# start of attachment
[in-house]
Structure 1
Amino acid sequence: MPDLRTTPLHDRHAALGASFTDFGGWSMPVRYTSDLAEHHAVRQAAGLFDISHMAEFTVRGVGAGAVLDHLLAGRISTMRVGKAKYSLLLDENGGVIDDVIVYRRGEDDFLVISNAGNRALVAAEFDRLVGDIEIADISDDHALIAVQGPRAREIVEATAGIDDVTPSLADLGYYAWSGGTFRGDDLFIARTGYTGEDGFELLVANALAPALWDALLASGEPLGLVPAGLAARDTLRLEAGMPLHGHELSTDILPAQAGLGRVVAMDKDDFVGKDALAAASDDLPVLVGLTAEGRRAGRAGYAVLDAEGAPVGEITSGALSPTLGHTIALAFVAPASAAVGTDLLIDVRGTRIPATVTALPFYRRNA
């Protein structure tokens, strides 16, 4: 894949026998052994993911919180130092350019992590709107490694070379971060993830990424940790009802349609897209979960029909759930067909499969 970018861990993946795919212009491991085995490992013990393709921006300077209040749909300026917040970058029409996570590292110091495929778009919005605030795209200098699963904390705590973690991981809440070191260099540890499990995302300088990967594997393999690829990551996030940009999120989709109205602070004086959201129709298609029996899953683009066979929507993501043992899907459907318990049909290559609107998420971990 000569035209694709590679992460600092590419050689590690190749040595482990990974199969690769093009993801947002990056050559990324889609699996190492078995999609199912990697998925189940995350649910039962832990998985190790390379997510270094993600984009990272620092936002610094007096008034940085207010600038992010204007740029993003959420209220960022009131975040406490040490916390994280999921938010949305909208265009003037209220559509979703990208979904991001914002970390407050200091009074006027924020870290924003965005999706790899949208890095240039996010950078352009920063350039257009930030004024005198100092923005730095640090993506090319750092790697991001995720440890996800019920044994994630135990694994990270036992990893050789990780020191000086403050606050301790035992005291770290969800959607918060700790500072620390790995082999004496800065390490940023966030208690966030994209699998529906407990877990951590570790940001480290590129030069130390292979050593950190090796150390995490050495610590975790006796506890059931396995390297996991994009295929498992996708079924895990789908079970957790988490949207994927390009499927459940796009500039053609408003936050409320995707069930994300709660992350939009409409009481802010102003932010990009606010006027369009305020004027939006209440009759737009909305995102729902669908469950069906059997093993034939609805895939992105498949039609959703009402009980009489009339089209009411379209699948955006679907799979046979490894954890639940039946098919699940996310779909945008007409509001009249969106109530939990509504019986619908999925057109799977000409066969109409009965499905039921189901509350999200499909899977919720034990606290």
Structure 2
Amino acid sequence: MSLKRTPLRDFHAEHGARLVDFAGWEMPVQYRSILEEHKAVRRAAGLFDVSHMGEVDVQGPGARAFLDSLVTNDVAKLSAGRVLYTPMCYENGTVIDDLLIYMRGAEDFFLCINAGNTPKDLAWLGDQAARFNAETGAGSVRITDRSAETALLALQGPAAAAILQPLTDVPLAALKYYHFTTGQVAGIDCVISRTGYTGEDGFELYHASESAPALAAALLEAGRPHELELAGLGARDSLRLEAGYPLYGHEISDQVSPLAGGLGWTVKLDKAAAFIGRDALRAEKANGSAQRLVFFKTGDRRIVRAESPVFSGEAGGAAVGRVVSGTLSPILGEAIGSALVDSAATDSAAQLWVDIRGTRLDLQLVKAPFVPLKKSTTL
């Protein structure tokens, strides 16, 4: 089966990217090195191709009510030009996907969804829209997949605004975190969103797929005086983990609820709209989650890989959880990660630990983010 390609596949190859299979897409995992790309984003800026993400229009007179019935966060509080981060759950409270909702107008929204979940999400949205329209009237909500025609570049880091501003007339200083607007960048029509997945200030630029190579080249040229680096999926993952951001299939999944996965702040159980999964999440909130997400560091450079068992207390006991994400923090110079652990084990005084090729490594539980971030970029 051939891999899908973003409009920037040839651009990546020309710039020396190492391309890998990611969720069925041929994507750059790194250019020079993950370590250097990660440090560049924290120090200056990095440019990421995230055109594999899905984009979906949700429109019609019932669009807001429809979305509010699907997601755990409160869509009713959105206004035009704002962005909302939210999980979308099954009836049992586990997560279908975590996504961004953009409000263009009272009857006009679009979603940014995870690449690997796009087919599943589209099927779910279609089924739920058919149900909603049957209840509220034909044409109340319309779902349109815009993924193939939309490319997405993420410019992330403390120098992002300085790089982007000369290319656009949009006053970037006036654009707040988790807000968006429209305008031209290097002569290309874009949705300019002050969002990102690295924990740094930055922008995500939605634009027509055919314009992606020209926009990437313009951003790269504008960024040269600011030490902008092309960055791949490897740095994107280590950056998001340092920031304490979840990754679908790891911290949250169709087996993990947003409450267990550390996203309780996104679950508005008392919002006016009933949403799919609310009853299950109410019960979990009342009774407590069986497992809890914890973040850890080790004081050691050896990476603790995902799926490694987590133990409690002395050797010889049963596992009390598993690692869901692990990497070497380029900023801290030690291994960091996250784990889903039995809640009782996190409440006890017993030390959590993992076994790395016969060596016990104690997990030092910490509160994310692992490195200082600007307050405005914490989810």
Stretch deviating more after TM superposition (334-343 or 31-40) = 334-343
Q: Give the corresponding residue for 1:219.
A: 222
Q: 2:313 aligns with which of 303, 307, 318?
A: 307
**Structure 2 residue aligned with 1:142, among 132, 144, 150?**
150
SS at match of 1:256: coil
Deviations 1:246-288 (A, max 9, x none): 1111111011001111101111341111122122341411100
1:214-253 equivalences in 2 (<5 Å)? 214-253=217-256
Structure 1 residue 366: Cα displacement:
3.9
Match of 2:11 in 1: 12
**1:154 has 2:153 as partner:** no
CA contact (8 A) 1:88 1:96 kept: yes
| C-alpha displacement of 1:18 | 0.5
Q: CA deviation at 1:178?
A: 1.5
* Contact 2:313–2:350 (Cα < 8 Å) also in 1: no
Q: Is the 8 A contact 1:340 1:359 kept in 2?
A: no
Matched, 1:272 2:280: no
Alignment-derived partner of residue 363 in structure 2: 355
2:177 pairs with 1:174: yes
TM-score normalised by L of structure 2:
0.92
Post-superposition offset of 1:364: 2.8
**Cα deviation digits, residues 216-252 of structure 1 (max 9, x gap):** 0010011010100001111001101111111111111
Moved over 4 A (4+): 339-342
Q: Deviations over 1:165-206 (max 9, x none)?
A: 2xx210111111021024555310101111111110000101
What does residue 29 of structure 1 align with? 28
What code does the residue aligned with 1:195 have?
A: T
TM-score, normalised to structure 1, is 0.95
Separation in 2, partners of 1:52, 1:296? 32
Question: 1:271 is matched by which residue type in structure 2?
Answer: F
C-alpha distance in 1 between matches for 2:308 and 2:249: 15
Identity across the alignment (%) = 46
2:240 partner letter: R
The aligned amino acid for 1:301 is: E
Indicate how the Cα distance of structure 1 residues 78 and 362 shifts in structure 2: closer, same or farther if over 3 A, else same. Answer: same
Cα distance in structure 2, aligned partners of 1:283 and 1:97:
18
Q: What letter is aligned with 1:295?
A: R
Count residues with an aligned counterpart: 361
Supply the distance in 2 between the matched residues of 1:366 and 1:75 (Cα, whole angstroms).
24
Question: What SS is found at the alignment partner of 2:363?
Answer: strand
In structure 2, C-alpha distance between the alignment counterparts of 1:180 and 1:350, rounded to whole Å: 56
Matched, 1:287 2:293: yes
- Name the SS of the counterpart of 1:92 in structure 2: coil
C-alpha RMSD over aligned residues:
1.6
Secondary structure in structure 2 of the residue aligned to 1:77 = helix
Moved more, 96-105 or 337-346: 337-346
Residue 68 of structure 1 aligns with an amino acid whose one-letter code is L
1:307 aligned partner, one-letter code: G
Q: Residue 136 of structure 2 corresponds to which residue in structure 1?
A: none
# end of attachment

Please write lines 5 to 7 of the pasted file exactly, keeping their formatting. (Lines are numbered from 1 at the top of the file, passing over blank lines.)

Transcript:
Structure 2
Amino acid sequence: MSLKRTPLRDFHAEHGARLVDFAGWEMPVQYRSILEEHKAVRRAAGLFDVSHMGEVDVQGPGARAFLDSLVTNDVAKLSAGRVLYTPMCYENGTVIDDLLIYMRGAEDFFLCINAGNTPKDLAWLGDQAARFNAETGAGSVRITDRSAETALLALQGPAAAAILQPLTDVPLAALKYYHFTTGQVAGIDCVISRTGYTGEDGFELYHASESAPALAAALLEAGRPHELELAGLGARDSLRLEAGYPLYGHEISDQVSPLAGGLGWTVKLDKAAAFIGRDALRAEKANGSAQRLVFFKTGDRRIVRAESPVFSGEAGGAAVGRVVSGTLSPILGEAIGSALVDSAATDSAAQLWVDIRGTRLDLQLVKAPFVPLKKSTTL
């Protein structure tokens, strides 16, 4: 089966990217090195191709009510030009996907969804829209997949605004975190969103797929005086983990609820709209989650890989959880990660630990983010 390609596949190859299979897409995992790309984003800026993400229009007179019935966060509080981060759950409270909702107008929204979940999400949205329209009237909500025609570049880091501003007339200083607007960048029509997945200030630029190579080249040229680096999926993952951001299939999944996965702040159980999964999440909130997400560091450079068992207390006991994400923090110079652990084990005084090729490594539980971030970029 051939891999899908973003409009920037040839651009990546020309710039020396190492391309890998990611969720069925041929994507750059790194250019020079993950370590250097990660440090560049924290120090200056990095440019990421995230055109594999899905984009979906949700429109019609019932669009807001429809979305509010699907997601755990409160869509009713959105206004035009704002962005909302939210999980979308099954009836049992586990997560279908975590996504961004953009409000263009009272009857006009679009979603940014995870690449690997796009087919599943589209099927779910279609089924739920058919149900909603049957209840509220034909044409109340319309779902349109815009993924193939939309490319997405993420410019992330403390120098992002300085790089982007000369290319656009949009006053970037006036654009707040988790807000968006429209305008031209290097002569290309874009949705300019002050969002990102690295924990740094930055922008995500939605634009027509055919314009992606020209926009990437313009951003790269504008960024040269600011030490902008092309960055791949490897740095994107280590950056998001340092920031304490979840990754679908790891911290949250169709087996993990947003409450267990550390996203309780996104679950508005008392919002006016009933949403799919609310009853299950109410019960979990009342009774407590069986497992809890914890973040850890080790004081050691050896990476603790995902799926490694987590133990409690002395050797010889049963596992009390598993690692869901692990990497070497380029900023801290030690291994960091996250784990889903039995809640009782996190409440006890017993030390959590993992076994790395016969060596016990104690997990030092910490509160994310692992490195200082600007307050405005914490989810």